Liberation: An Interview with Mukti by Margaret Brownlie

Landscape by MuktiThis article was originally published by The Sentient Times of Ashland, OR.

If you are reading this article, most likely there is something in you seeking Liberation. Recently, I had the opportunity to meet and spend some time talking with Mukti, a teacher of the non-dual path to Awakening, whose name itself means Liberation. Like most, I knew her primarily as Adyashanti’s wife. I was inspired. I found true beauty, abiding gentleness, deep, deep kindness, authentic humbleness, wide-openness, easy humor, depthful clarity, and gentle authority—the kind that comes from Knowing. She has only been formally teaching for a few years, she has published no books, yet she is also not just the new kid on the spiritual circuit. She has spent her life studying the work of Christ, Paramahansa Yogananda, and the Zen non-dual teachings of Adyashanti, following her own path to Liberation, and ripening that for its own sake, until her teaching is instantly recognizable as a true compass for others.

Your teaching is growing really rapidly right now, but to many you’re a new name and a new face. What can you tell us about your teaching about how you came to it?

I find the teaching to be fairly simple, in the sense that the same underlying message seems to come through over and over: that it’s possible to live without a sense of inner division when one’s willing to be willing, and to be curious, and question what is true, what is real, what is living this life. This attitude of receptivity can be facilitated by letting the familiar positions and knowings of the thinking mind rest and relax out of the center, and by sensing into a knowing of a greater order. So, this is the message I come back to over and over again, because many people experience this sense of inner division as conflicting parts of themselves, or they have feelings about how they view things on the inside and then how life is presenting on the outside, and things not jiving with something deep in them that has a love of wholeness and harmony. This sense of division, or lack of harmony, can cause great suffering. There’s a tremendous opportunity that I’ve discovered in my own experience: to really come to know what wholeness is or harmony is, or what intelligence is when not divided.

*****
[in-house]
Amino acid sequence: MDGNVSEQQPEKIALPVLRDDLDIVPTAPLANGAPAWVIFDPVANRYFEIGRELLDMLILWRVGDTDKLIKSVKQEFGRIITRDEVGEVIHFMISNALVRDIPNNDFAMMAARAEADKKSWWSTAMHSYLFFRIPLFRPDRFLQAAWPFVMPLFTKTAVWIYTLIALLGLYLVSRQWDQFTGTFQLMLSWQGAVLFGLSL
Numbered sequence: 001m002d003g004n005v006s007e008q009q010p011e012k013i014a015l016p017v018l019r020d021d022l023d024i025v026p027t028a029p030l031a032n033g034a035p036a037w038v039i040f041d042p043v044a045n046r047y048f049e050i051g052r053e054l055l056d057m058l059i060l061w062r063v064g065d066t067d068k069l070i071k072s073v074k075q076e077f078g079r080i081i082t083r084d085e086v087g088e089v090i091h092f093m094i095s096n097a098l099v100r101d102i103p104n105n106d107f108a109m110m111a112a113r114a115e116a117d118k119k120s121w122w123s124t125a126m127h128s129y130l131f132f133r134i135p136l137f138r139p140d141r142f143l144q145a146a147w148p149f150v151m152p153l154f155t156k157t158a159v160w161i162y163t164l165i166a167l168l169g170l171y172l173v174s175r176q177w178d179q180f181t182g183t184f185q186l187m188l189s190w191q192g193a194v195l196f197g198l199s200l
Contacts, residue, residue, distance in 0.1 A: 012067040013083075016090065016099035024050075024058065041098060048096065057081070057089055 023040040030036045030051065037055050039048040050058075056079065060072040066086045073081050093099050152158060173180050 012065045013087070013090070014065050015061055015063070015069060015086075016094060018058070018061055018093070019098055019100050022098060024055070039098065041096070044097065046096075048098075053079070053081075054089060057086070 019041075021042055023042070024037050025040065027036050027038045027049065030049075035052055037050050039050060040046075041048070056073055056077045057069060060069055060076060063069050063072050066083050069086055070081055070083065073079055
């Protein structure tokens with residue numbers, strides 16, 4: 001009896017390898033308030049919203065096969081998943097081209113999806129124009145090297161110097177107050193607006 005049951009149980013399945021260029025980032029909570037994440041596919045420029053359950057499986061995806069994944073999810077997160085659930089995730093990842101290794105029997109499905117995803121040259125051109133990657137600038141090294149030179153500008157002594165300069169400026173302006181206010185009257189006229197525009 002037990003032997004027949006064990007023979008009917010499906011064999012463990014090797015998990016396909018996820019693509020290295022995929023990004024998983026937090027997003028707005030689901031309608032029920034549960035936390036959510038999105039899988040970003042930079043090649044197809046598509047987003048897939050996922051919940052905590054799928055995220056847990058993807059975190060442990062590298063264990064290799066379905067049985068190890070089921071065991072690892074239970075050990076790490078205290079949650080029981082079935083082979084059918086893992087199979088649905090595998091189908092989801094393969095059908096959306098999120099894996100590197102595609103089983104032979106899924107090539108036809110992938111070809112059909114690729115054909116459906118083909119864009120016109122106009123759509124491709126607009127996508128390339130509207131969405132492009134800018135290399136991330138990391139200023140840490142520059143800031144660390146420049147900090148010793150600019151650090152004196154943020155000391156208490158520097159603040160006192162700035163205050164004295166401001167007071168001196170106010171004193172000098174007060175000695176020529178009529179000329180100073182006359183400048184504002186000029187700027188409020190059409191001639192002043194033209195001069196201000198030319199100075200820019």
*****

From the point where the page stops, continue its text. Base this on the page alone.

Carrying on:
And how did you come to that?

From as early as I can remember, I had this great desire for people to be kind to one another. I had this sense, somehow, that there was the capacity within us to have a sense of what brotherhood or sisterhood or living in harmony could be. As a little child, I remember watching people and they would do unkind things to other people. I could see that they themselves were in pain and something in me felt that there’s just got to be a more loving way. Later, when I was exposed through my family to Christianity, it really took the form of desiring to know the path of Christ in Christianity. He seemed to be this exemplary person who was able to unite people and to heal, not only physically, but more to heal a sense of ignorance of not knowing their Godliness or their Divinity. And then I think it matured. Through my exposure to Zen or non-dual teachings, I came to an interest in knowing what is Undivided, what is Unmoving, what is Stillness, what is Constancy. So, I would say, those were the main factors that propelled me along. And there was this deep knowing that I wouldn’t be satisfied until I gave everything to This that my heart longed to know and to see.

You mentioned that Christ was one of the influences on your path, what others still influence where you come from now?

In my formative years I was very drawn to the life of Christ and stories of Christ and I went to Catholic schools from grade school all the way through university so it was an influence. At the same time I had a parent, and later both parents, who became very interested in eastern teachings, and particularly the teachings of Paramahansa Yogananda. So, while I was attending Catholic schools, I was also attending services where I began to be introduced to eastern thought and to meditation. I think that’s where I very first heard about self-realization or realization, and that it was possible.

I had exemplary teachers in Yogananda’s lineage that lived that realization, and I found that incredibly inspiring. I saw that it wasn’t all about Christ being the only son of God but that there’s all of these great beings who lived that Christ Consciousness or God Realization. That began to open up this window, and even got me to think more on a global stage, of how, all over the world, there were people like me who were seeking these deep truths, and seeking ways to open to the best within them. I saw, “Oh, it’s not just limited to one path. These great traditions are happening everywhere.” As a young person that was rather revolutionary I was exposed to different forms of meditation in that practice, and also Hatha Yoga. I began to have more of a relationship with sitting still and quietness and letting the mind settle to some degree or another. I can’t say I was great at it. But also, through Hatha Yoga I was able to let my energies be more redirected to the body and its wisdom. Those were tremendous influences on me. Studying Chinese medicine also began to open my mind and to restructure the way I perceived the world in a way that was far less linear and much more holistic. And the other greatest influence in my life was Adyashanti. His non-dual teachings and the flavor of his Zen background has deeply fed me in the last decade or more.